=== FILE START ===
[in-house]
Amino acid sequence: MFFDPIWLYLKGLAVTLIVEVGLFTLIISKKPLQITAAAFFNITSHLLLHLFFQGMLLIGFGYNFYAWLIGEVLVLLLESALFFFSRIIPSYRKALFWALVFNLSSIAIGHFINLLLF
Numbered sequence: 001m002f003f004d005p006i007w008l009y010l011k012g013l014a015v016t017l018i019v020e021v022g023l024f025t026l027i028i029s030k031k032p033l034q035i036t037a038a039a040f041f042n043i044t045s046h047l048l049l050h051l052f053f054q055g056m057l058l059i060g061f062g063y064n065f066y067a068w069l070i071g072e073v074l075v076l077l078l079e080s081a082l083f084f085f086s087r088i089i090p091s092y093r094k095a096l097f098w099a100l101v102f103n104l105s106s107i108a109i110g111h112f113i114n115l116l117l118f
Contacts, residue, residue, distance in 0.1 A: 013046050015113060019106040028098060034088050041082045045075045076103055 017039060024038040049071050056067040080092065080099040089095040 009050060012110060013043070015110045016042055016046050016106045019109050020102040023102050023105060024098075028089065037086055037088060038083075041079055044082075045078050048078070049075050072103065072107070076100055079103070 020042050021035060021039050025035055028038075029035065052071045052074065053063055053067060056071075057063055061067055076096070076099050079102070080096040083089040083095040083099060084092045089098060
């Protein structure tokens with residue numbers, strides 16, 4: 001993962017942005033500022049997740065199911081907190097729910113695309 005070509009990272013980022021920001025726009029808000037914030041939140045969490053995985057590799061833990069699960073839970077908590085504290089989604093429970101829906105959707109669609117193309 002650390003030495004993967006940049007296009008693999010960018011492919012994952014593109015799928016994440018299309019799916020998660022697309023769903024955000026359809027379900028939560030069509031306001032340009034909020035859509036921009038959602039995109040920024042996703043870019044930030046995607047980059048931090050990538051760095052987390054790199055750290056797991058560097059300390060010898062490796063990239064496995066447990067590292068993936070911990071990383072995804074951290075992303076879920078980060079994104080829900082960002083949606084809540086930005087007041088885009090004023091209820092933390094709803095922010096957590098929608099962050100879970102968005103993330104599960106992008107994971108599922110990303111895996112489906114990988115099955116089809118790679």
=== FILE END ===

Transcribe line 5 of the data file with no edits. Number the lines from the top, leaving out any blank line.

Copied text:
């Protein structure tokens with residue numbers, strides 16, 4: 001993962017942005033500022049997740065199911081907190097729910113695309 005070509009990272013980022021920001025726009029808000037914030041939140045969490053995985057590799061833990069699960073839970077908590085504290089989604093429970101829906105959707109669609117193309 002650390003030495004993967006940049007296009008693999010960018011492919012994952014593109015799928016994440018299309019799916020998660022697309023769903024955000026359809027379900028939560030069509031306001032340009034909020035859509036921009038959602039995109040920024042996703043870019044930030046995607047980059048931090050990538051760095052987390054790199055750290056797991058560097059300390060010898062490796063990239064496995066447990067590292068993936070911990071990383072995804074951290075992303076879920078980060079994104080829900082960002083949606084809540086930005087007041088885009090004023091209820092933390094709803095922010096957590098929608099962050100879970102968005103993330104599960106992008107994971108599922110990303111895996112489906114990988115099955116089809118790679």